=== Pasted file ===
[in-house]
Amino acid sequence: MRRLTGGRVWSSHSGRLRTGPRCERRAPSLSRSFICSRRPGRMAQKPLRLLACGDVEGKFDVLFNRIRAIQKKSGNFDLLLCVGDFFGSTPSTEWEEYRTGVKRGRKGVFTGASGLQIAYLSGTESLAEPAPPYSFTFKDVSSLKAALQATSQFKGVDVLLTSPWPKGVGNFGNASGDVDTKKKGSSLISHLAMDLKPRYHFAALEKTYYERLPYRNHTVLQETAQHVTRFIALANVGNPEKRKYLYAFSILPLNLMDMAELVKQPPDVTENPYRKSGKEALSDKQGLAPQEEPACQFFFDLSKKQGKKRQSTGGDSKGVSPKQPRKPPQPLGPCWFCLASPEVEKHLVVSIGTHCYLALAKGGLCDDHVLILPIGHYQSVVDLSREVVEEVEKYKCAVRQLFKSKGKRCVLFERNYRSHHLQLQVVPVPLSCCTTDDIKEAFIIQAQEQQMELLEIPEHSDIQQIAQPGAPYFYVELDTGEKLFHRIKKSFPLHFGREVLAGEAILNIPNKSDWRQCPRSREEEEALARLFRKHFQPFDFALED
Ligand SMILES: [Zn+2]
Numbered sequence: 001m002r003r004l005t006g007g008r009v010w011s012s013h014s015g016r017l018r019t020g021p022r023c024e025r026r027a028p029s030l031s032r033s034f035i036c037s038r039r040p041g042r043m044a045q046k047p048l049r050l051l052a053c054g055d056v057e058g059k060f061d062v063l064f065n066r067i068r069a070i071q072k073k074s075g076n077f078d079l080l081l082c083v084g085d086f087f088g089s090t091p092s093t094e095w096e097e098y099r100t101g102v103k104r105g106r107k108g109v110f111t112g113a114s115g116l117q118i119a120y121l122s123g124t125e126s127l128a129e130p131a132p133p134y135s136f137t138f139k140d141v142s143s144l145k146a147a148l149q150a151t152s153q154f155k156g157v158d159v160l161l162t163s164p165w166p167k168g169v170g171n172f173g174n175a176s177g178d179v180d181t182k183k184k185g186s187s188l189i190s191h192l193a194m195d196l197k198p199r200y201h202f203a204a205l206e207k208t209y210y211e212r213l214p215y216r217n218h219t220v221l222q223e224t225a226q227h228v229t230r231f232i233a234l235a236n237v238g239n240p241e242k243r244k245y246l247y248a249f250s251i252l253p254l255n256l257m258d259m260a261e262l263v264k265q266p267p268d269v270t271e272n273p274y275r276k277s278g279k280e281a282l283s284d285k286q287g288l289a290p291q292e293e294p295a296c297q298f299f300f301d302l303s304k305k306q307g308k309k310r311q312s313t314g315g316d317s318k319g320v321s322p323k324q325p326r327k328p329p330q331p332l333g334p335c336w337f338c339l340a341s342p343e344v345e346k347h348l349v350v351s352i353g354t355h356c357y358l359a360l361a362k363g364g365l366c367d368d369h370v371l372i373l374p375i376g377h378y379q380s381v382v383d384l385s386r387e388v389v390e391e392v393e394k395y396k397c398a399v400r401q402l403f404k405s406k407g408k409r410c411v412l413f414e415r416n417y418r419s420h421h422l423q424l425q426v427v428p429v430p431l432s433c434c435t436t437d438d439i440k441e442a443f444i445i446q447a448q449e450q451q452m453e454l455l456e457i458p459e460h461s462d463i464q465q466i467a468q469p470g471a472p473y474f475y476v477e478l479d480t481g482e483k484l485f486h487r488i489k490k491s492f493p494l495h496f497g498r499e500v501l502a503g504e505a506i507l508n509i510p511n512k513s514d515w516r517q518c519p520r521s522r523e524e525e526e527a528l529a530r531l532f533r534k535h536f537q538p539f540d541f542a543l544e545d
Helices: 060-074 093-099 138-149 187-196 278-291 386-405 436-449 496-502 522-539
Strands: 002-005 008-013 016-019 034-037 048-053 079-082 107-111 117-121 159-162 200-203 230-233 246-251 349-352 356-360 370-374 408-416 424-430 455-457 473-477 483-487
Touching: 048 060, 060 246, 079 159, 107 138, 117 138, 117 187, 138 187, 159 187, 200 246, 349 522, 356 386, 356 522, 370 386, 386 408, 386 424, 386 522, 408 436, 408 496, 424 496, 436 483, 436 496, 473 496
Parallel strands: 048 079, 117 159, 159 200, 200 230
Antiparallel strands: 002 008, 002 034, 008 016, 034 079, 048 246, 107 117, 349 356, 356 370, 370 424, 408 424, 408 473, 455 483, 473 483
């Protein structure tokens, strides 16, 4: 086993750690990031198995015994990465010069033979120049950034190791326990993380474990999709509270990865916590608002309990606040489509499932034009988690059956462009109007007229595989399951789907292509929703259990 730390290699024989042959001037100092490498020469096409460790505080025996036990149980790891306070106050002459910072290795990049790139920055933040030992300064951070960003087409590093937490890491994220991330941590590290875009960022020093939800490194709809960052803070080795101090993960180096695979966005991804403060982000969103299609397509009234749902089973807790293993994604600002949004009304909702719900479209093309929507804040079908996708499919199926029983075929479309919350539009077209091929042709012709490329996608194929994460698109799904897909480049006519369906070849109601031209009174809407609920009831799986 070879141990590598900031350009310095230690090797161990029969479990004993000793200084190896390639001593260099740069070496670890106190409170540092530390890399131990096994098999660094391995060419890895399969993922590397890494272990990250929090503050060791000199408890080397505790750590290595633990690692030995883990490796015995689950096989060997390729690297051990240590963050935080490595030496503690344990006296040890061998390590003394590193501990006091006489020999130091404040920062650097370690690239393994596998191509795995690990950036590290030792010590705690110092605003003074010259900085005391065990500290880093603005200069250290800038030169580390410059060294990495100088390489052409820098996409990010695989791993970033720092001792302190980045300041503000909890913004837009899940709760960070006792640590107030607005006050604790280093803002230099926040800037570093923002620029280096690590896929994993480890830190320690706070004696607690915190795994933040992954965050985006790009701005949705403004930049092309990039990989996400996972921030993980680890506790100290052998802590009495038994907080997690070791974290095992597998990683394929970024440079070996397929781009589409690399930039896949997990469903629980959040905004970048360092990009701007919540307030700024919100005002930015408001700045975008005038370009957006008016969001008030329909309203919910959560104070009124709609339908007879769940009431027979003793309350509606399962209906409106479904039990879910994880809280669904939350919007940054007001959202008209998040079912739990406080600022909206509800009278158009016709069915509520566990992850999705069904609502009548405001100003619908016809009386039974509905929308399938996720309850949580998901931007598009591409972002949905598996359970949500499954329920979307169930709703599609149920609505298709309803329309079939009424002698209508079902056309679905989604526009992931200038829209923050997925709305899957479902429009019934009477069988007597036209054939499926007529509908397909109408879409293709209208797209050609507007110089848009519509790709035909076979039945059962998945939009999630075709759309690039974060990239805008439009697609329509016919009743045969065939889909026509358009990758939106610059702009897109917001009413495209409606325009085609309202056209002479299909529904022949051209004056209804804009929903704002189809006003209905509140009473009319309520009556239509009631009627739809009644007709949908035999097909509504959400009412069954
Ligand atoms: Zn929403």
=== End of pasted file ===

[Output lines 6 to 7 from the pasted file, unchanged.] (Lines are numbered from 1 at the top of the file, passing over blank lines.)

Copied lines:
Strands: 002-005 008-013 016-019 034-037 048-053 079-082 107-111 117-121 159-162 200-203 230-233 246-251 349-352 356-360 370-374 408-416 424-430 455-457 473-477 483-487
Touching: 048 060, 060 246, 079 159, 107 138, 117 138, 117 187, 138 187, 159 187, 200 246, 349 522, 356 386, 356 522, 370 386, 386 408, 386 424, 386 522, 408 436, 408 496, 424 496, 436 483, 436 496, 473 496